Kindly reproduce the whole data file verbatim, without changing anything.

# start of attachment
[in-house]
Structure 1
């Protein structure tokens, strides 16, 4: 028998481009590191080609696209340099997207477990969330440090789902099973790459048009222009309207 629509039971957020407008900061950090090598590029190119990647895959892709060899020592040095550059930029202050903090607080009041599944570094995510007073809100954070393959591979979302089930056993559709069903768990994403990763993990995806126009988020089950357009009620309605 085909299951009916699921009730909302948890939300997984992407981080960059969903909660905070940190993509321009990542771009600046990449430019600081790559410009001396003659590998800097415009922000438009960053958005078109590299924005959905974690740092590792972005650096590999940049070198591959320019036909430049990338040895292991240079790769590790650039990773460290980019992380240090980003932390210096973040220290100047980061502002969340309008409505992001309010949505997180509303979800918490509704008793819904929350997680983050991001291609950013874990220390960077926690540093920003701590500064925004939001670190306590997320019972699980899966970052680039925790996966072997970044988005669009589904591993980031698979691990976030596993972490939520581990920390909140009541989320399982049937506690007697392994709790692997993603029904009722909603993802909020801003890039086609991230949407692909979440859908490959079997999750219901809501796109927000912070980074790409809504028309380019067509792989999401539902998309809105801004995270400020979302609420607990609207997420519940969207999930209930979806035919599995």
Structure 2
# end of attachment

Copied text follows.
[in-house]
Structure 1
């Protein structure tokens, strides 16, 4: 028998481009590191080609696209340099997207477990969330440090789902099973790459048009222009309207 629509039971957020407008900061950090090598590029190119990647895959892709060899020592040095550059930029202050903090607080009041599944570094995510007073809100954070393959591979979302089930056993559709069903768990994403990763993990995806126009988020089950357009009620309605 085909299951009916699921009730909302948890939300997984992407981080960059969903909660905070940190993509321009990542771009600046990449430019600081790559410009001396003659590998800097415009922000438009960053958005078109590299924005959905974690740092590792972005650096590999940049070198591959320019036909430049990338040895292991240079790769590790650039990773460290980019992380240090980003932390210096973040220290100047980061502002969340309008409505992001309010949505997180509303979800918490509704008793819904929350997680983050991001291609950013874990220390960077926690540093920003701590500064925004939001670190306590997320019972699980899966970052680039925790996966072997970044988005669009589904591993980031698979691990976030596993972490939520581990920390909140009541989320399982049937506690007697392994709790692997993603029904009722909603993802909020801003890039086609991230949407692909979440859908490959079997999750219901809501796109927000912070980074790409809504028309380019067509792989999401539902998309809105801004995270400020979302609420607990609207997420519940969207999930209930979806035919599995």
Structure 2